The biggest hack in history is actually three times bigger than we feared

Yahoo-oops x three billion.

The biggest hack in history is actually three times bigger than we feared

As ZDNet reports, Yahoo has revealed that the humungous 2013 data breach didn't see hackers access data belonging to one billion user accounts as previously thought, but instead a staggering... wait for it... three billion accounts.

Here is the official statement from Yahoo, which is now owned by Oath, a Verizon subsidiary:

Yahoo, now part of Oath, today announced that it is providing notice to additional user accounts affected by an August 2013 data theft previously disclosed by the company on December 14, 2016. At that time, Yahoo disclosed that more than one billion of the approximately three billion accounts existing in 2013 had likely been affected. In 2016, Yahoo took action to protect all accounts, including directly notifying impacted users identified at the time, requiring password changes and invalidating unencrypted security questions and answers so that they could not be used to access an account. Yahoo also notified users via a notice on its website.

Subsequent to Yahoo’s acquisition by Verizon, and during integration, the company recently obtained new intelligence and now believes, following an investigation with the assistance of outside forensic experts, that all Yahoo user accounts were affected by the August 2013 theft. While this is not a new security issue, Yahoo is sending email notifications to the additional affected user accounts. The investigation indicates that the user account information that was stolen did not include passwords in clear text, payment card data, or bank account information. The company is continuing to work closely with law enforcement.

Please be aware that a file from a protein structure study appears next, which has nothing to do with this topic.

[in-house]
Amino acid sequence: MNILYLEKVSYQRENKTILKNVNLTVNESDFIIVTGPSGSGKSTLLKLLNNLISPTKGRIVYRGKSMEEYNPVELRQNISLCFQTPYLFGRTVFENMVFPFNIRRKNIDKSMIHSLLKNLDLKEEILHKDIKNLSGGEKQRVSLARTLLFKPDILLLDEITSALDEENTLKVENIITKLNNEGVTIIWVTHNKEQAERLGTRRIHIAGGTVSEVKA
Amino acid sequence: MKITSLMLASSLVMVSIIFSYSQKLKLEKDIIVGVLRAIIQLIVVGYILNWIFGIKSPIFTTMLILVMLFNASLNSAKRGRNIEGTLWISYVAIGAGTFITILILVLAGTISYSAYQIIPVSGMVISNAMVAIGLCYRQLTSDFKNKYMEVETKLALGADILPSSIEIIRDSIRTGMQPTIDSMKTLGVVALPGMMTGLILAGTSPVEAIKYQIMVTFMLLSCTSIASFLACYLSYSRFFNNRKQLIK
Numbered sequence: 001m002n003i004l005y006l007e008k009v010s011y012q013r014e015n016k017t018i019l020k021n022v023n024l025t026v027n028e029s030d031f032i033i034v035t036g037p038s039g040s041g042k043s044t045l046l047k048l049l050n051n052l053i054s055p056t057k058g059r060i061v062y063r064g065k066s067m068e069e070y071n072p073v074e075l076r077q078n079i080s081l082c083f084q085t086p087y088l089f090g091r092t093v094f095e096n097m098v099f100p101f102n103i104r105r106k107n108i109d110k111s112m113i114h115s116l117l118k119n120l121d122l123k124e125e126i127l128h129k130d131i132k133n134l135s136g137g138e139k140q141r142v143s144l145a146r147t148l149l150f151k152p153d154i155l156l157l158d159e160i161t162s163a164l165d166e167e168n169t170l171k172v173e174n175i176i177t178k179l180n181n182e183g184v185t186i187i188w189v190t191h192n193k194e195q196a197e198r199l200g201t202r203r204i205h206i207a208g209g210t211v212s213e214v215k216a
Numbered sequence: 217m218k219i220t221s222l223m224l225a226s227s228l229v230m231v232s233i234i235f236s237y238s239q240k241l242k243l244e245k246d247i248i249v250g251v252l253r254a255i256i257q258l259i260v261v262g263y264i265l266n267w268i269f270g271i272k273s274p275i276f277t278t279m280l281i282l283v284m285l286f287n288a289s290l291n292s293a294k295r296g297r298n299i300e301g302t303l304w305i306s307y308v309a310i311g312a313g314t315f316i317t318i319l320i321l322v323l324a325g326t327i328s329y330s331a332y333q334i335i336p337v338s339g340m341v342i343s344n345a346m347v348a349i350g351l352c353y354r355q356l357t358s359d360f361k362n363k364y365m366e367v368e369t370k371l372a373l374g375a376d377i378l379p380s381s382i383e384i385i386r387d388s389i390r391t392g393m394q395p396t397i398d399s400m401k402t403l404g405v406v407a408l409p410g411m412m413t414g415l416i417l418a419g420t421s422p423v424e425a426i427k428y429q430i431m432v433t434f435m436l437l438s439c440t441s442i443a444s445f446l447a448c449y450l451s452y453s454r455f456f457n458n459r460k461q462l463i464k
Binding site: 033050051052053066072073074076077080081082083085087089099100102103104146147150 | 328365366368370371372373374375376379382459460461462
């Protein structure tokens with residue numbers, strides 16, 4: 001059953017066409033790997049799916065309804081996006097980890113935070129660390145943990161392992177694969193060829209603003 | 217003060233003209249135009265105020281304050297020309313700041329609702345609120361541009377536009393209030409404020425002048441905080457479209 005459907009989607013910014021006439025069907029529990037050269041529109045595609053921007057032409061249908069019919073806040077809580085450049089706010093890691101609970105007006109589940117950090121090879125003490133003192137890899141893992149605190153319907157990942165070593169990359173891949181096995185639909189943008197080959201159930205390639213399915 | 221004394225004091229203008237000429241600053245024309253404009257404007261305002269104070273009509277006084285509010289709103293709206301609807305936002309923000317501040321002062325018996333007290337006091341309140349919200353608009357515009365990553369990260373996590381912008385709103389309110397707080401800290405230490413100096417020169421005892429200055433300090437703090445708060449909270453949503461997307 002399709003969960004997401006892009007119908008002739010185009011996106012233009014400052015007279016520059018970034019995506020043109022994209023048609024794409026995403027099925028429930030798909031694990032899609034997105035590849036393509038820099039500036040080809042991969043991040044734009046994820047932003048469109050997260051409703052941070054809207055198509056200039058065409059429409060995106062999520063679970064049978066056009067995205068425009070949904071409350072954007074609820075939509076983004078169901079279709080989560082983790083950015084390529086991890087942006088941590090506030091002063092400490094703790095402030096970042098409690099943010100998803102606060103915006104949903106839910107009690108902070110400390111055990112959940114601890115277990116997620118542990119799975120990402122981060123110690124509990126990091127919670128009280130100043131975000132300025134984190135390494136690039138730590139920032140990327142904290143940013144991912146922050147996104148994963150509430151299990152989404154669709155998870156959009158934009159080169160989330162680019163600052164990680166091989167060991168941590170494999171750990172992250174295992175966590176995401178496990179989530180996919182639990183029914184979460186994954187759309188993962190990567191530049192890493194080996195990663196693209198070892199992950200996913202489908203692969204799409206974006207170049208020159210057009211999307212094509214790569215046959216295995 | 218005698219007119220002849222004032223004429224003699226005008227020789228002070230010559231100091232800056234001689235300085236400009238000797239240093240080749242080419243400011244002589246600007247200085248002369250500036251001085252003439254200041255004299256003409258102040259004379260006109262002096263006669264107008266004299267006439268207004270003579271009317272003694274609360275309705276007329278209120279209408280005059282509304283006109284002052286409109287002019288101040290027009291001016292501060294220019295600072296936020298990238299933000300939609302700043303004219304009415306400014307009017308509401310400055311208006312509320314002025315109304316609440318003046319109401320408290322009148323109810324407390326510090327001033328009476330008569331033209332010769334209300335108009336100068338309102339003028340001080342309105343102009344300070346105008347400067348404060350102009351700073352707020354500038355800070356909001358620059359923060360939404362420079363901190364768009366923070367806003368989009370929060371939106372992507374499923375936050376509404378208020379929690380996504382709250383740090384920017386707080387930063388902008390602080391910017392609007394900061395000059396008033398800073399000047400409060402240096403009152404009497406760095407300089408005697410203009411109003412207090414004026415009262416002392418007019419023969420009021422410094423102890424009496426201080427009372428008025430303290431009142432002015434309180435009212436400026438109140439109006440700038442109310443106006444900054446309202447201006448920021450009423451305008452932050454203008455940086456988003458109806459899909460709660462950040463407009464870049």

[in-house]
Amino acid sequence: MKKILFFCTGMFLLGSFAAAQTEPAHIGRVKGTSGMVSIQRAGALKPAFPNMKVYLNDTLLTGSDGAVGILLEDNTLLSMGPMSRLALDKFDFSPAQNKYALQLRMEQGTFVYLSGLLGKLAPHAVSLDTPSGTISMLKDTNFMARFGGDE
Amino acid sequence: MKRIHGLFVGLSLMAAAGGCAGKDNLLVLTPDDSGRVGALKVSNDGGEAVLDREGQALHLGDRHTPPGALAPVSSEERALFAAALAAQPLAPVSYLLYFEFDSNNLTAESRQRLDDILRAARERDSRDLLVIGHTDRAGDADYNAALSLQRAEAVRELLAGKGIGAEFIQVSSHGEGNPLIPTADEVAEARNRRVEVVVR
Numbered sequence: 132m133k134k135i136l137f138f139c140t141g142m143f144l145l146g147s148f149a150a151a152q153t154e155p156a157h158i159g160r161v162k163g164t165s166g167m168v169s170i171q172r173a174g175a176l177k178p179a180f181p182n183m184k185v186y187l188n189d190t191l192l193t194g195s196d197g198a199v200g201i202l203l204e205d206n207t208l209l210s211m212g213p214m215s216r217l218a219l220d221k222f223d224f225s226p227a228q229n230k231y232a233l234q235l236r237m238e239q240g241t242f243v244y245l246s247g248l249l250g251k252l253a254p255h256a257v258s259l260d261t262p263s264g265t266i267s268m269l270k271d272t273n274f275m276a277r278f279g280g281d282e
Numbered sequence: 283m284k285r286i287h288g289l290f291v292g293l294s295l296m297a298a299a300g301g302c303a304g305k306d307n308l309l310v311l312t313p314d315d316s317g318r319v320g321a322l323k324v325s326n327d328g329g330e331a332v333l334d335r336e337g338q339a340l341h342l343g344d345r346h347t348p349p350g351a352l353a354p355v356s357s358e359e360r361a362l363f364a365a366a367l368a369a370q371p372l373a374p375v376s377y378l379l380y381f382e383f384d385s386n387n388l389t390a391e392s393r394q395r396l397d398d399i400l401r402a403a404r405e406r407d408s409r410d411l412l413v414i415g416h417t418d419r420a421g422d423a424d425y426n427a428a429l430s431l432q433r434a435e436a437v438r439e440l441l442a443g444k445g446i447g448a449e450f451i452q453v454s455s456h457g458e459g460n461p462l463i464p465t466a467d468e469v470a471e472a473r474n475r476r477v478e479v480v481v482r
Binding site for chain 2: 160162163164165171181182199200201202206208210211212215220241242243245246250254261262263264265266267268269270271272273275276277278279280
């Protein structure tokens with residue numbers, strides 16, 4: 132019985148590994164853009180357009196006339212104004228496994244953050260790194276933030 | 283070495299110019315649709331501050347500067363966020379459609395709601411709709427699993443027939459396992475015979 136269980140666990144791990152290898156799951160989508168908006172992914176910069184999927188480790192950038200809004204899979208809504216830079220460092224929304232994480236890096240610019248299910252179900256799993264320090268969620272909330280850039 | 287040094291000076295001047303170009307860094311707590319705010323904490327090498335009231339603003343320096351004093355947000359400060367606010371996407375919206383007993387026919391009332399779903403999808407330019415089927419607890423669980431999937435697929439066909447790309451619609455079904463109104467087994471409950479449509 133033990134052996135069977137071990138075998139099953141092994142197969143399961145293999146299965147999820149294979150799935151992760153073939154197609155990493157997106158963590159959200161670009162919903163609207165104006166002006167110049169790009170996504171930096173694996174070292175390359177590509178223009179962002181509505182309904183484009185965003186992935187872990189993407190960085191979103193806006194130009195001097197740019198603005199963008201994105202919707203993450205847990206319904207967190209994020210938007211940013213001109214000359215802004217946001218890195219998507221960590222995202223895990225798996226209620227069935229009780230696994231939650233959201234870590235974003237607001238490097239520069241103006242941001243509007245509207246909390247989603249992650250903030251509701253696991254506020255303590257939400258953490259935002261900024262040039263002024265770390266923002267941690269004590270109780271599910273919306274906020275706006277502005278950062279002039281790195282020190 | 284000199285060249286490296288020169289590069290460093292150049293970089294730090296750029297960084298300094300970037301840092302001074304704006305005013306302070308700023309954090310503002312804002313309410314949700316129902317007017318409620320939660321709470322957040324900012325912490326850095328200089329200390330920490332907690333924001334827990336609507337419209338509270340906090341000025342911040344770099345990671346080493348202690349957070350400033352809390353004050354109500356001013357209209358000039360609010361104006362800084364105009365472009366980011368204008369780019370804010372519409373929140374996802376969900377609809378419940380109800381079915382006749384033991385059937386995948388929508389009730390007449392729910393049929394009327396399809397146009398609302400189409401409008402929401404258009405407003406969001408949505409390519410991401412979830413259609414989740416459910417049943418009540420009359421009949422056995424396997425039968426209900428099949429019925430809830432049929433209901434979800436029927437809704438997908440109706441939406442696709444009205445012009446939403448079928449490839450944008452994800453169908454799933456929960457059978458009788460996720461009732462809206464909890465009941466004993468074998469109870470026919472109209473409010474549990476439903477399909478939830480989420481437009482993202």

To put that enormous figure in some context, it's estimated that there are approximately 7.5 billion people inhabiting planet earth.

The stolen information included names, email addresses, telephone numbers, dates of birth, hashed passwords (using MD5) and, in some cases, encrypted or unencrypted security questions and answers. No payment data was accessed.

It's a sorry state of affairs when I find myself more surprised that Yahoo had somehow amassed three billion user accounts by 2013 than the fact that they managed to lose control of their data.

What a disaster.

Further reading: How to delete your Yahoo account.

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2 Responses

  1. David L

    October 4, 2017 at 1:54 am #

    Wow! You know what? A couple years ago, a security researcher was talking about a mammoth breach, of I think, up to one billion people. He took a beating in the tech press, and from many others in infosec. I have to wonder if he accidentally stumbled across this breach? When I have time, I'll try to look it up.

  2. David L

    October 4, 2017 at 2:08 am #

    Hah, found it! Schneier wrote about his skepticism, as did others, but Krebs had vouched for the firm. Hold Security was the name. There are links after the write-up, for those who are interested. Schneier Post is short.

    https://www.schneier.com/blog/archives/2014/08/over_a_billion_.html

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